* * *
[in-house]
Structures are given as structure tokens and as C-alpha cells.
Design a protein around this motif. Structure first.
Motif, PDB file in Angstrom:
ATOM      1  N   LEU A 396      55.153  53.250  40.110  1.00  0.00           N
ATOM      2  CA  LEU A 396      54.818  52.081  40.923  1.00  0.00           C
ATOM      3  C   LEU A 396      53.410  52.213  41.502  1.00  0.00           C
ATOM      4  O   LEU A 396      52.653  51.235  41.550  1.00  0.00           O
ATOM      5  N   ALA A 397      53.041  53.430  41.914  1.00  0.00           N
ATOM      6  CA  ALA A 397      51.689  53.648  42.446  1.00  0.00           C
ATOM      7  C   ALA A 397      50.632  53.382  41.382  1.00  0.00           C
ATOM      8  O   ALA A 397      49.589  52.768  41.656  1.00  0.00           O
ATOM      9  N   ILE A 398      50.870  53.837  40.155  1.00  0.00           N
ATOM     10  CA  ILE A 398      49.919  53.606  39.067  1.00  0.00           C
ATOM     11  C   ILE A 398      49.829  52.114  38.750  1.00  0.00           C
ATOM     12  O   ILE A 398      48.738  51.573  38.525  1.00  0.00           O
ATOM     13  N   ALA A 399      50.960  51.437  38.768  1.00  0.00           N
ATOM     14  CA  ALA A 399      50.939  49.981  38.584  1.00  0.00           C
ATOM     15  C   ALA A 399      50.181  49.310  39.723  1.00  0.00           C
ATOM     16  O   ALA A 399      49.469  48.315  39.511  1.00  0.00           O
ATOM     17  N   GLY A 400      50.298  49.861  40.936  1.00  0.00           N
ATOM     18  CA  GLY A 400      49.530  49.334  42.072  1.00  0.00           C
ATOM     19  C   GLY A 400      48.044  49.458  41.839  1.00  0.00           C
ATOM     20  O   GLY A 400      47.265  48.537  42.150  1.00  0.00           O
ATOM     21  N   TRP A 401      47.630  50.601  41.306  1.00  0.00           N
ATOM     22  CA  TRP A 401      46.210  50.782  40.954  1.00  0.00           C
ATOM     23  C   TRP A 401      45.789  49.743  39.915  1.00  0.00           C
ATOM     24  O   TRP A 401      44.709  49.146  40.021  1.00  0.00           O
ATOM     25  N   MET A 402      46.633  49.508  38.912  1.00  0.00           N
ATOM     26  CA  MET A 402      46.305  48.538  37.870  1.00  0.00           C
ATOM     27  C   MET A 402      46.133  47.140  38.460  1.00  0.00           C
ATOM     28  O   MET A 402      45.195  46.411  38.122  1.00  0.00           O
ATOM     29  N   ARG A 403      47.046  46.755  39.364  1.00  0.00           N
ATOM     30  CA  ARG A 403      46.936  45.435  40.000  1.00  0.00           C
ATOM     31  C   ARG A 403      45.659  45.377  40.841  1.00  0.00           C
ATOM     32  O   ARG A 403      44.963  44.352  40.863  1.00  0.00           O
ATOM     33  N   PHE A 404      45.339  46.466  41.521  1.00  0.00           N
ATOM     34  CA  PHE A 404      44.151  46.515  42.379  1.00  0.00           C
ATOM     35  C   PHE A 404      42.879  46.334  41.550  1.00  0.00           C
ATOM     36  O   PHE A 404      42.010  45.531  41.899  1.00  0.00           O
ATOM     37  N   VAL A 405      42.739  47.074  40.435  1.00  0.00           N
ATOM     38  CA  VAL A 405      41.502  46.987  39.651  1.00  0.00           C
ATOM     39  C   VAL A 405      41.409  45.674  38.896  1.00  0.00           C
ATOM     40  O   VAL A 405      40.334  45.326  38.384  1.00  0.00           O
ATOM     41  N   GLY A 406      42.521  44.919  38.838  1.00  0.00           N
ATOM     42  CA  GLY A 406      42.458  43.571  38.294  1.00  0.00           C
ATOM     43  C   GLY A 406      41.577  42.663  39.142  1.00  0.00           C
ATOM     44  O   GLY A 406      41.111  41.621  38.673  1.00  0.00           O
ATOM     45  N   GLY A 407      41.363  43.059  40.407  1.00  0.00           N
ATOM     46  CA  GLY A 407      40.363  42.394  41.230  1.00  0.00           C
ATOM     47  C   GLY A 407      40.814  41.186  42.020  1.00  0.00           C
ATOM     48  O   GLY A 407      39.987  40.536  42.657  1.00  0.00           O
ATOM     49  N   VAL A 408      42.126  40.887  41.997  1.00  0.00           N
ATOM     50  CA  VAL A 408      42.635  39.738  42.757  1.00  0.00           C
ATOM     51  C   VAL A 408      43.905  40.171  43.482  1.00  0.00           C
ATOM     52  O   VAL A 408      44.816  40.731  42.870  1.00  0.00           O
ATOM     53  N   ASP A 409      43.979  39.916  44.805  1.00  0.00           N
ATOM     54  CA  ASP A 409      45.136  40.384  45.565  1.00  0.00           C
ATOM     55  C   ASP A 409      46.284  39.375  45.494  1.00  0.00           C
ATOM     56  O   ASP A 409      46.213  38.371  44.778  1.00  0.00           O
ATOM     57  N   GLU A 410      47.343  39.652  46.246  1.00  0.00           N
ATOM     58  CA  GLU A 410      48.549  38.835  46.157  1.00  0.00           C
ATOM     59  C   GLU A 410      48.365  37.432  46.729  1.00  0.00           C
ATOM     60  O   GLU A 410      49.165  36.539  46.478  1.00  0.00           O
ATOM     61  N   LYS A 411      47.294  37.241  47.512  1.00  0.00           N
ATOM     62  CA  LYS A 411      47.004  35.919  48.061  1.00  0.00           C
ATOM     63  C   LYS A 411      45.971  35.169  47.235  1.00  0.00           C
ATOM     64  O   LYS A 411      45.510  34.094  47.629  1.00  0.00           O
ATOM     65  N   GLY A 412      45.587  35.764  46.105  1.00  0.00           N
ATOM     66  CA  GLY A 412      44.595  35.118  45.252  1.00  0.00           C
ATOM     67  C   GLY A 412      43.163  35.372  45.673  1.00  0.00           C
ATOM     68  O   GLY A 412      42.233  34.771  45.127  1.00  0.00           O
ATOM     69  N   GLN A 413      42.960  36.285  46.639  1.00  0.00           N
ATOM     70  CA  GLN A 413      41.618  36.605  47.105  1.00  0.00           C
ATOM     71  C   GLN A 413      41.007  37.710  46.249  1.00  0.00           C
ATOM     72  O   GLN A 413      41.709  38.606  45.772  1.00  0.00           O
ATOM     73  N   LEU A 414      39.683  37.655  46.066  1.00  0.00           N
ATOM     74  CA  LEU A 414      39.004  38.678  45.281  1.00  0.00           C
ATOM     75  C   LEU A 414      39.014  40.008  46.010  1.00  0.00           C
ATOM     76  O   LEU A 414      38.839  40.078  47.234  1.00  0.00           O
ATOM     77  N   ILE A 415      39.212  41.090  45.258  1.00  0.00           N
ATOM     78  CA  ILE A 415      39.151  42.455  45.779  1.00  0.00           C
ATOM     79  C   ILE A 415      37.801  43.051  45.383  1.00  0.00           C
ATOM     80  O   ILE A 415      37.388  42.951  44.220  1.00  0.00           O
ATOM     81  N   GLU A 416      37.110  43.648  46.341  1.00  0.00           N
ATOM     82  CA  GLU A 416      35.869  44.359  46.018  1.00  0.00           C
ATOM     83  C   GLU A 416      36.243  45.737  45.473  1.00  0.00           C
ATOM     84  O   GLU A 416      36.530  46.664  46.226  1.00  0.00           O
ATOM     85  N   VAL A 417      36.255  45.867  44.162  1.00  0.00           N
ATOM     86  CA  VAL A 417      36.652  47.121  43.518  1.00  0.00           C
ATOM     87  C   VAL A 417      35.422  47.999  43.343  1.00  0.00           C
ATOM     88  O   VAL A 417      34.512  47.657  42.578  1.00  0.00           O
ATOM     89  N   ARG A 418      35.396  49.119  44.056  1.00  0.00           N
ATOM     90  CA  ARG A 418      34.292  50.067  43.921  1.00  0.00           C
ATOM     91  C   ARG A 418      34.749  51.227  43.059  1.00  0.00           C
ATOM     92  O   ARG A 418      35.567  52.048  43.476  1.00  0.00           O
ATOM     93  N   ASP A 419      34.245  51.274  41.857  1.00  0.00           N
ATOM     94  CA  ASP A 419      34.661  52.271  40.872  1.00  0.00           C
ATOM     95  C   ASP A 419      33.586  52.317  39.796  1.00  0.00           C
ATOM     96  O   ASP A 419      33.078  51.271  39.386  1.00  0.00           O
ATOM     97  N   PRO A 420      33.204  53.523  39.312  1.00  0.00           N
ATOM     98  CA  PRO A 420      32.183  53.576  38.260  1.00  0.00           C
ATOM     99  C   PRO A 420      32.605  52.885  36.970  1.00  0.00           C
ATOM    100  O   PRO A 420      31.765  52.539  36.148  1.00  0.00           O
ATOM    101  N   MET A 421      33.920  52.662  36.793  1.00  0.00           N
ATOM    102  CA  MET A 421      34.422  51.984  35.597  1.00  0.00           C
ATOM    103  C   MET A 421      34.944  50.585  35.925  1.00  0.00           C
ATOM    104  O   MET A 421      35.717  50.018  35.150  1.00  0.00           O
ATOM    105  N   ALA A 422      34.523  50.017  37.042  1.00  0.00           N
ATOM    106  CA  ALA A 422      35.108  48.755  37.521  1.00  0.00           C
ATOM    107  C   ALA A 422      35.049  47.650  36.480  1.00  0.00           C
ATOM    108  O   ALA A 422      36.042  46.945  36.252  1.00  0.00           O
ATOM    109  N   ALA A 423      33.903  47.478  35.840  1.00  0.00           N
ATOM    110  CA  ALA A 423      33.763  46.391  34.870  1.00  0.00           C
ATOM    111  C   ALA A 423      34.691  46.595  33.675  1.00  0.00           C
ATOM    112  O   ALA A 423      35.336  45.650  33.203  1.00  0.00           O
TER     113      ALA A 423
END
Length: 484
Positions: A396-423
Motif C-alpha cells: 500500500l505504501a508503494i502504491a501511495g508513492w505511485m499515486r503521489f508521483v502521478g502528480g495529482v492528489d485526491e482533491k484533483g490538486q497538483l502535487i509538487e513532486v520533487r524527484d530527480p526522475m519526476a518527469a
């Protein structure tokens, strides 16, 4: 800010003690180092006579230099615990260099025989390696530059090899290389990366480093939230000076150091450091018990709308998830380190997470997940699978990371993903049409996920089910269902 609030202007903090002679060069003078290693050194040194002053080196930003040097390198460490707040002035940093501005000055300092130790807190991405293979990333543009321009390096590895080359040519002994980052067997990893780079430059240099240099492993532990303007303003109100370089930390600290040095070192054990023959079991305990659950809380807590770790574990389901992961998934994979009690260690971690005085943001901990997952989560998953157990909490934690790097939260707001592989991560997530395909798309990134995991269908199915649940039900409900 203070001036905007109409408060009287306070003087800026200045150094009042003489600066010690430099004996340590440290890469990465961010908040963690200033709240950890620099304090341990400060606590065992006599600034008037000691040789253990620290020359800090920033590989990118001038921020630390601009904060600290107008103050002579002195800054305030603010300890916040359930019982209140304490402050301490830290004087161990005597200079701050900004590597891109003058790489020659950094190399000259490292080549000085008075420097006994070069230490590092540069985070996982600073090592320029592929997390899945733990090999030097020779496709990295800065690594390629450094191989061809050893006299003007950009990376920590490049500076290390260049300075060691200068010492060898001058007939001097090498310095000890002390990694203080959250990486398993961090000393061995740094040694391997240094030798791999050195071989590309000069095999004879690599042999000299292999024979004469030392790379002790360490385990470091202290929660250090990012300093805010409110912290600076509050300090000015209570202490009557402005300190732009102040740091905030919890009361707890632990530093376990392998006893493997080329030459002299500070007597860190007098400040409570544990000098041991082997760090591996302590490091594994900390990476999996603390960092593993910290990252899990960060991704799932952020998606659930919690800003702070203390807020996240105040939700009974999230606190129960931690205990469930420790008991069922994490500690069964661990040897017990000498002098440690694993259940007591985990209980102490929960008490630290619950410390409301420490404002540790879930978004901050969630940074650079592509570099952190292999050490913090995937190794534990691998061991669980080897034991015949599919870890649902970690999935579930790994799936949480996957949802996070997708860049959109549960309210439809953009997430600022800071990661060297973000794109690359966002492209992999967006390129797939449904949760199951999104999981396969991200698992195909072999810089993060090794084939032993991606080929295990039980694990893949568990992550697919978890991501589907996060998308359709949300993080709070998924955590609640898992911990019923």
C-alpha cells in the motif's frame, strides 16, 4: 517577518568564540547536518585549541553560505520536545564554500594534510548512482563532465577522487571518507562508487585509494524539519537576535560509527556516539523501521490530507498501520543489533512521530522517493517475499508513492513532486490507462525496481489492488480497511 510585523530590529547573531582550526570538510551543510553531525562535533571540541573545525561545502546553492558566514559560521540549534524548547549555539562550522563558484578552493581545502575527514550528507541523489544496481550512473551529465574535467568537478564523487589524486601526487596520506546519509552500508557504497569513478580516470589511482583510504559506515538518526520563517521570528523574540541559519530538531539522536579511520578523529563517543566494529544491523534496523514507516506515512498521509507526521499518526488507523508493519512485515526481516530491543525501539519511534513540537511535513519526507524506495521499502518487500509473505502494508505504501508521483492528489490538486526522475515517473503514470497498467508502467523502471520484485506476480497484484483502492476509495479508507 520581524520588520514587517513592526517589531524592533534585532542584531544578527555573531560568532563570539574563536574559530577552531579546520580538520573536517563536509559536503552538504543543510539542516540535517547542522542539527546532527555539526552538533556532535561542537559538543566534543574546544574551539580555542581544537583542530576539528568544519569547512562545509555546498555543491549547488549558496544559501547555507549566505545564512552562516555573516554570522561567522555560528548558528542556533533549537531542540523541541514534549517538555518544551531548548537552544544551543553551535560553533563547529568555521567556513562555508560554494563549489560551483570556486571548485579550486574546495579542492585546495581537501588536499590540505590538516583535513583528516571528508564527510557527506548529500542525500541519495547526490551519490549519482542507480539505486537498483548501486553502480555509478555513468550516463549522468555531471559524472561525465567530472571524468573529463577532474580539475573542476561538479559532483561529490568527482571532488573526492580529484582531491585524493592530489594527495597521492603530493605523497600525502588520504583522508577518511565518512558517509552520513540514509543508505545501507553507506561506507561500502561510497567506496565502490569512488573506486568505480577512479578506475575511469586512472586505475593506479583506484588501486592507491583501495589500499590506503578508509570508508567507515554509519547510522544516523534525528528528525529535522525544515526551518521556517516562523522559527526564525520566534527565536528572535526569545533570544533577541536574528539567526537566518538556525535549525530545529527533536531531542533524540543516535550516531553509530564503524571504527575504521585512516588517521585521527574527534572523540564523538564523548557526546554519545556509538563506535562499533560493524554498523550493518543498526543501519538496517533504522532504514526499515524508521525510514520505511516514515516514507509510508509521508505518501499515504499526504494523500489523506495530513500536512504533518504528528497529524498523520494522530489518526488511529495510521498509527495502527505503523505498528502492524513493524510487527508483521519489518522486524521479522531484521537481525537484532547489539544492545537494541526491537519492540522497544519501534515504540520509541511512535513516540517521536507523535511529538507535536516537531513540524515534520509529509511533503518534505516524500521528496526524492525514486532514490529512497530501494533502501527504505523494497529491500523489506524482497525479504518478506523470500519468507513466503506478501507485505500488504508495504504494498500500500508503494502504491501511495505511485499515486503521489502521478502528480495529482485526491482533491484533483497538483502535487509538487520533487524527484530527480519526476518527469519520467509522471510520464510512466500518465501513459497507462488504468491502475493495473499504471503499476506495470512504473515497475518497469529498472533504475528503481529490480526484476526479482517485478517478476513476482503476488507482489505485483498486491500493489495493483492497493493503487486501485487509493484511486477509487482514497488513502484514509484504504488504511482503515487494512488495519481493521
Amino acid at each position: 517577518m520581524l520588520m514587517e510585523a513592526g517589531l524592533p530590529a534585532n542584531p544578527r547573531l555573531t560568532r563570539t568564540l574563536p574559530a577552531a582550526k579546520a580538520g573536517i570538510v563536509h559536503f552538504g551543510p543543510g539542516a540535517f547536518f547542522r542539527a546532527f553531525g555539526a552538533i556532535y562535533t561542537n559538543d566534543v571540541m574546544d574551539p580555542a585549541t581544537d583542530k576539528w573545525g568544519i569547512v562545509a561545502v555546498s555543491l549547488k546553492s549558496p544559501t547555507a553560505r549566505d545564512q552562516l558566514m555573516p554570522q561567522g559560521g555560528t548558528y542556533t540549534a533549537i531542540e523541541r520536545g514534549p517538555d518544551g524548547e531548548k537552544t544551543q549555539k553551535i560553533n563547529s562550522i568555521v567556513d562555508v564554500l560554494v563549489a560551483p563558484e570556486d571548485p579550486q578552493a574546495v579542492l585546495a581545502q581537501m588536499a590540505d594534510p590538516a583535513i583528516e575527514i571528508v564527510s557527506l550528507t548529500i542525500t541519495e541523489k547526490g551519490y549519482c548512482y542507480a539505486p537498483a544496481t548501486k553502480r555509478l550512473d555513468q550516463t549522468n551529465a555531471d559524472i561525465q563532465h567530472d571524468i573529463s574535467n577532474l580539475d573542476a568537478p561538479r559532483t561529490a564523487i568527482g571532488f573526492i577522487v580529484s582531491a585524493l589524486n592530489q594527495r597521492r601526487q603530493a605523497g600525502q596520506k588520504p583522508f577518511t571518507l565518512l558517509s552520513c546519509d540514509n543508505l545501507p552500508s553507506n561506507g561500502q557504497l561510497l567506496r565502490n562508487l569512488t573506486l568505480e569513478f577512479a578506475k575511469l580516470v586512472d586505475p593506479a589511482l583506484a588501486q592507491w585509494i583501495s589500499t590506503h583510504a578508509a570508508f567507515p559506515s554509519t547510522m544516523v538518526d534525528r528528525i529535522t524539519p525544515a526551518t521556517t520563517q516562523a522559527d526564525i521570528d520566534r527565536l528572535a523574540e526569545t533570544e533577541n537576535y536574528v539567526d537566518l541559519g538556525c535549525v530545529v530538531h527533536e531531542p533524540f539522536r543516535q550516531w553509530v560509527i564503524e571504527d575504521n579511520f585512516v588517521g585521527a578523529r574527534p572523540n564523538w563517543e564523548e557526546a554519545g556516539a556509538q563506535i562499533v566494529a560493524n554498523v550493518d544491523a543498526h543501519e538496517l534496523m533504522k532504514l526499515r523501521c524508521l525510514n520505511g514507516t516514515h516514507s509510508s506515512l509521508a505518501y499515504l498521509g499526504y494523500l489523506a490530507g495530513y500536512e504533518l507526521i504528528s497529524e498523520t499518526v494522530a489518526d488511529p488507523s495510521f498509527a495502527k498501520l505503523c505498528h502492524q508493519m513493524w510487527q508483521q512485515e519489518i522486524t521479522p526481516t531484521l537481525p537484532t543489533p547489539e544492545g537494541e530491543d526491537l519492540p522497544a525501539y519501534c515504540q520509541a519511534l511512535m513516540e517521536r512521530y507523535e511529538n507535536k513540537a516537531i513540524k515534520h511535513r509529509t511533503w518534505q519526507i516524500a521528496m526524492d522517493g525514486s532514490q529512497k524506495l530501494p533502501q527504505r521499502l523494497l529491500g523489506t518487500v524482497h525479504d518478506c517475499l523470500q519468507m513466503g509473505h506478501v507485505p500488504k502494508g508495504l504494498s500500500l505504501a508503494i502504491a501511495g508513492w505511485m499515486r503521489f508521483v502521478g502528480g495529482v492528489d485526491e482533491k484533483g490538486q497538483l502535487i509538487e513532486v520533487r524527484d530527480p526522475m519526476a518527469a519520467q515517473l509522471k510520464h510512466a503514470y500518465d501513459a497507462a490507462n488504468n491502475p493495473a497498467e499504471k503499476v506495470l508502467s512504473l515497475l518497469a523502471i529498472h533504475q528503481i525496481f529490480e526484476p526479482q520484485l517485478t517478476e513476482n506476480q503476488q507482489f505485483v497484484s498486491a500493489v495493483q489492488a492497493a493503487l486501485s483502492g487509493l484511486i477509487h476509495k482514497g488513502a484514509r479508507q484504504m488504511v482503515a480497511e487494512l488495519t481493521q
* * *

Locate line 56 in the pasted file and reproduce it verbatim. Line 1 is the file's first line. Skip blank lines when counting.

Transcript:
ATOM     52  O   VAL A 408      44.816  40.731  42.870  1.00  0.00           O